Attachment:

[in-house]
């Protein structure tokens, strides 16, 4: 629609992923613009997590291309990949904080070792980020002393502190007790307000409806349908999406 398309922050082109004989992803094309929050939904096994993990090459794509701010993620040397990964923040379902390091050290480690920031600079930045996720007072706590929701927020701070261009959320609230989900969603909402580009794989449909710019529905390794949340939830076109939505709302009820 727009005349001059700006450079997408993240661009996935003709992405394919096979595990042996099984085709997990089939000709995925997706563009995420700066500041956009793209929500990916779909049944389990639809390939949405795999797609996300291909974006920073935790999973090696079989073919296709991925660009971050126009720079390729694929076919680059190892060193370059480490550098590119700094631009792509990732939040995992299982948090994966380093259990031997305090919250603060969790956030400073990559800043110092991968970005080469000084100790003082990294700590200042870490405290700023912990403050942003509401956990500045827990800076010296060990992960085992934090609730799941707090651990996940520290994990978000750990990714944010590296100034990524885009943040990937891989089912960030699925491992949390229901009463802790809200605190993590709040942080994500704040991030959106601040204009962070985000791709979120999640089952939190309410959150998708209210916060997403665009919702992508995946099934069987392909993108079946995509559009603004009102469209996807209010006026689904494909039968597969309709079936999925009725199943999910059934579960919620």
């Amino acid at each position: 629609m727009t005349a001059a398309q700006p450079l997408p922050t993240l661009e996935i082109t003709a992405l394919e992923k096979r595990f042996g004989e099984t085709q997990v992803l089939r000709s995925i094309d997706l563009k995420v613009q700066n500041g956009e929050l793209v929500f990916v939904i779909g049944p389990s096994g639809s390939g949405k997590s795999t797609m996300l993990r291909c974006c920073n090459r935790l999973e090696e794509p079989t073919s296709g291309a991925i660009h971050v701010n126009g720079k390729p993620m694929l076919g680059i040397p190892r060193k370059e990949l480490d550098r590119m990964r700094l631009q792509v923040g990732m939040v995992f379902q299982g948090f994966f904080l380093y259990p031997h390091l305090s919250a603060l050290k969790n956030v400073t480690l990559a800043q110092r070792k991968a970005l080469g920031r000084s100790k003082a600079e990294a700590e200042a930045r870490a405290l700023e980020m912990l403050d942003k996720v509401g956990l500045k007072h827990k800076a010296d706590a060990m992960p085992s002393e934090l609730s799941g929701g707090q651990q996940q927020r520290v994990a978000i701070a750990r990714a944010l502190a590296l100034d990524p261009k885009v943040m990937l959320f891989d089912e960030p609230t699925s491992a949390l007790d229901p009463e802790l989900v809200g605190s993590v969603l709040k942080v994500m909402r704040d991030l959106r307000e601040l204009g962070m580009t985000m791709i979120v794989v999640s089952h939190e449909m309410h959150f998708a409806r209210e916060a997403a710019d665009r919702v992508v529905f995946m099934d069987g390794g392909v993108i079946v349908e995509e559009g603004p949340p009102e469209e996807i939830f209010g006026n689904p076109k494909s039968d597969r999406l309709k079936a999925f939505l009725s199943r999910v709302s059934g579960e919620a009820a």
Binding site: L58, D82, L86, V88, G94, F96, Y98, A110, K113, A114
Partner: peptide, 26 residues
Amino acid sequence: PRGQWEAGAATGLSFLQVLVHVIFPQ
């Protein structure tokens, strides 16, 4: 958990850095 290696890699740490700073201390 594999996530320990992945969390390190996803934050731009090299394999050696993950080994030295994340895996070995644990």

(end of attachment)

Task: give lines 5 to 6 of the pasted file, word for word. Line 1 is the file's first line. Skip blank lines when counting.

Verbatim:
Partner: peptide, 26 residues
Amino acid sequence: PRGQWEAGAATGLSFLQVLVHVIFPQ